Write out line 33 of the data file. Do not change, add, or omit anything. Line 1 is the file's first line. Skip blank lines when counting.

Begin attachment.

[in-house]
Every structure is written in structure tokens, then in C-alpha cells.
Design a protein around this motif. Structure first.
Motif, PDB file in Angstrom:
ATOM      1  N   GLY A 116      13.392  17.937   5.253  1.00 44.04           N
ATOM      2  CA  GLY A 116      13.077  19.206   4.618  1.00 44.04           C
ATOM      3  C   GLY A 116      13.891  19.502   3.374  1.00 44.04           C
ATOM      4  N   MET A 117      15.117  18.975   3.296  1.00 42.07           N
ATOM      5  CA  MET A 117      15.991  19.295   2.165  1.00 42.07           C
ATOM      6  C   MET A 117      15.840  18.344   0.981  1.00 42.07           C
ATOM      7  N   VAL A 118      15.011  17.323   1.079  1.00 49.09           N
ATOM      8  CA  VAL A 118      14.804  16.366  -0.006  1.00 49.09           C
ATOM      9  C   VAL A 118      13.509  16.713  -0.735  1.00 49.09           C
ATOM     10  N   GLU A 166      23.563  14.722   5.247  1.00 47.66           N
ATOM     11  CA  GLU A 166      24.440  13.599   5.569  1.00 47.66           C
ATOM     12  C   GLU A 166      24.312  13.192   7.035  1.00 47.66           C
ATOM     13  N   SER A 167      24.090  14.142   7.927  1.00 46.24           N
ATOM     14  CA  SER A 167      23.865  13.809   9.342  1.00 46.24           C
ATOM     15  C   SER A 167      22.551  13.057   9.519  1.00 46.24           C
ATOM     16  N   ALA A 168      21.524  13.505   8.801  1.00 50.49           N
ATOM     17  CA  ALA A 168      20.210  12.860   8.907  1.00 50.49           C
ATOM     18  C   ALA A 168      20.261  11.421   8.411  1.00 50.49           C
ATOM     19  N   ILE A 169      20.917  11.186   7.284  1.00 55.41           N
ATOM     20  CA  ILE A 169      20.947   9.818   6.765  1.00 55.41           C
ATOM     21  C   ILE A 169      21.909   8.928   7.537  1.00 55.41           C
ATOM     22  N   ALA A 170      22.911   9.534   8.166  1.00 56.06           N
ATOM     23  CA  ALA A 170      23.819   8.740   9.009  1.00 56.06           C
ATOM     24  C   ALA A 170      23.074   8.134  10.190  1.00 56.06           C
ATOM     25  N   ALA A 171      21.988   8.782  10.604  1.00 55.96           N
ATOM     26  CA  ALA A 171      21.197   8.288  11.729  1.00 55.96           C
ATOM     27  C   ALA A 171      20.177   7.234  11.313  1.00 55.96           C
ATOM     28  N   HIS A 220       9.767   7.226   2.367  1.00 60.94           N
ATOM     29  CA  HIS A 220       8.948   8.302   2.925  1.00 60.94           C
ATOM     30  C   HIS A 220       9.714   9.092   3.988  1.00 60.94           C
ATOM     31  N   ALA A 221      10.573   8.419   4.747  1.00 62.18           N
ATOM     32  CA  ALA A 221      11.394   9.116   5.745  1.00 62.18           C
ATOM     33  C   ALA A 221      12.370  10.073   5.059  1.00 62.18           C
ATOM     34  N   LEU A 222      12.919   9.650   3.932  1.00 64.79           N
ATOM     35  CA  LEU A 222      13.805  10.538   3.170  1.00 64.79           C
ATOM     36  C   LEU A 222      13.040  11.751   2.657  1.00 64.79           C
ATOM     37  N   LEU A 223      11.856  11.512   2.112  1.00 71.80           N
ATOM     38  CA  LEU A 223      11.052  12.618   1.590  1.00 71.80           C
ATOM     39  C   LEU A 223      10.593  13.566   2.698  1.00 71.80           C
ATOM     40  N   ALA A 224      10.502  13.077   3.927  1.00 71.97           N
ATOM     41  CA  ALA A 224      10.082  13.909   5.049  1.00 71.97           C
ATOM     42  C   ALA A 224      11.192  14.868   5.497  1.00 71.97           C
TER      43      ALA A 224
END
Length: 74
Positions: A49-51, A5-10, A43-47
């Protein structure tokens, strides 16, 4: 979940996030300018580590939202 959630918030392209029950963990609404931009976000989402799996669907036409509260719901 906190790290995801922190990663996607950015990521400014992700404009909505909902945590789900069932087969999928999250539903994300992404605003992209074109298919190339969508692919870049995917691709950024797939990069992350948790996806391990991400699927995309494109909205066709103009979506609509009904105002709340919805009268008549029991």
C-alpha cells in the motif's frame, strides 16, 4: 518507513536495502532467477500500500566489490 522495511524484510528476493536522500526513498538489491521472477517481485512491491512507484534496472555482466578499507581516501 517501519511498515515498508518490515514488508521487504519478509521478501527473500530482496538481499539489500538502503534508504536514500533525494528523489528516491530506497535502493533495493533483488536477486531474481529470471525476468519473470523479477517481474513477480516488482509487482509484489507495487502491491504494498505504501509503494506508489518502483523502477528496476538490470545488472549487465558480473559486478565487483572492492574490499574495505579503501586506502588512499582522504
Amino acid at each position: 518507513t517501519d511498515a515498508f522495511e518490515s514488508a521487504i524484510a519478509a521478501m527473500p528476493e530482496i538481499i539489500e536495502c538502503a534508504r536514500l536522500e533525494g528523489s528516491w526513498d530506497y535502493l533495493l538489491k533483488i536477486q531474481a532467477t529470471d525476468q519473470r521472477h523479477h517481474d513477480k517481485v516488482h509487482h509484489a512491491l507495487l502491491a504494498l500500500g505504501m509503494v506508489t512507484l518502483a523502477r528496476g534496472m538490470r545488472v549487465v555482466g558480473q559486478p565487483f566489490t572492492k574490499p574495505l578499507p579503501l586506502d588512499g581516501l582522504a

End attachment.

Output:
ATOM     29  CA  HIS A 220       8.948   8.302   2.925  1.00 60.94           C